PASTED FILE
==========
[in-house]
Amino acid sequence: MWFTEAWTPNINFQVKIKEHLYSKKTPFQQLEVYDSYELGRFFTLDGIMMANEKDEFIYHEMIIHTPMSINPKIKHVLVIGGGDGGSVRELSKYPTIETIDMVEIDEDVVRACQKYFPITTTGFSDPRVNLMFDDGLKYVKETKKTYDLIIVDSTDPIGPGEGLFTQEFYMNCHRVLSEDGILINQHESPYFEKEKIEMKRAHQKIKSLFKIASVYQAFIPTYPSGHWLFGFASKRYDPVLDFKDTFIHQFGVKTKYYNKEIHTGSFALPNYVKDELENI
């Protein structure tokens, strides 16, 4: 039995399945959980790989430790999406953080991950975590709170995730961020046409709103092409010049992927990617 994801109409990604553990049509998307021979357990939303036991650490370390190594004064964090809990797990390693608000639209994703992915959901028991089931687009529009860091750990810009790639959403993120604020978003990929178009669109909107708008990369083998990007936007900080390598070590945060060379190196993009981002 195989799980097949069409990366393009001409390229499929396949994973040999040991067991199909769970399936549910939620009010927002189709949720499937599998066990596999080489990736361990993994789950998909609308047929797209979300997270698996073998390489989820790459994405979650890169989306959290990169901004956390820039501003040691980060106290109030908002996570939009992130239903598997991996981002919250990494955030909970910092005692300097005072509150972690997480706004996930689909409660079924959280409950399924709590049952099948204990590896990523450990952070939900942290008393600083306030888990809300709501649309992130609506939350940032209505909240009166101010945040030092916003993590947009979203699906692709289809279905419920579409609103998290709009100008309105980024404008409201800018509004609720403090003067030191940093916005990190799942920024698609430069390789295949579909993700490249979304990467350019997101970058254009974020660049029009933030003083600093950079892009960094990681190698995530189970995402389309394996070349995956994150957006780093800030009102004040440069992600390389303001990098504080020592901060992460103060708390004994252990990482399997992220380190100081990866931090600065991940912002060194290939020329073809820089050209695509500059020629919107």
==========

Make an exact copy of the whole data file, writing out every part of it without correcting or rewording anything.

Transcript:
[in-house]
Amino acid sequence: MWFTEAWTPNINFQVKIKEHLYSKKTPFQQLEVYDSYELGRFFTLDGIMMANEKDEFIYHEMIIHTPMSINPKIKHVLVIGGGDGGSVRELSKYPTIETIDMVEIDEDVVRACQKYFPITTTGFSDPRVNLMFDDGLKYVKETKKTYDLIIVDSTDPIGPGEGLFTQEFYMNCHRVLSEDGILINQHESPYFEKEKIEMKRAHQKIKSLFKIASVYQAFIPTYPSGHWLFGFASKRYDPVLDFKDTFIHQFGVKTKYYNKEIHTGSFALPNYVKDELENI
């Protein structure tokens, strides 16, 4: 039995399945959980790989430790999406953080991950975590709170995730961020046409709103092409010049992927990617 994801109409990604553990049509998307021979357990939303036991650490370390190594004064964090809990797990390693608000639209994703992915959901028991089931687009529009860091750990810009790639959403993120604020978003990929178009669109909107708008990369083998990007936007900080390598070590945060060379190196993009981002 195989799980097949069409990366393009001409390229499929396949994973040999040991067991199909769970399936549910939620009010927002189709949720499937599998066990596999080489990736361990993994789950998909609308047929797209979300997270698996073998390489989820790459994405979650890169989306959290990169901004956390820039501003040691980060106290109030908002996570939009992130239903598997991996981002919250990494955030909970910092005692300097005072509150972690997480706004996930689909409660079924959280409950399924709590049952099948204990590896990523450990952070939900942290008393600083306030888990809300709501649309992130609506939350940032209505909240009166101010945040030092916003993590947009979203699906692709289809279905419920579409609103998290709009100008309105980024404008409201800018509004609720403090003067030191940093916005990190799942920024698609430069390789295949579909993700490249979304990467350019997101970058254009974020660049029009933030003083600093950079892009960094990681190698995530189970995402389309394996070349995956994150957006780093800030009102004040440069992600390389303001990098504080020592901060992460103060708390004994252990990482399997992220380190100081990866931090600065991940912002060194290939020329073809820089050209695509500059020629919107």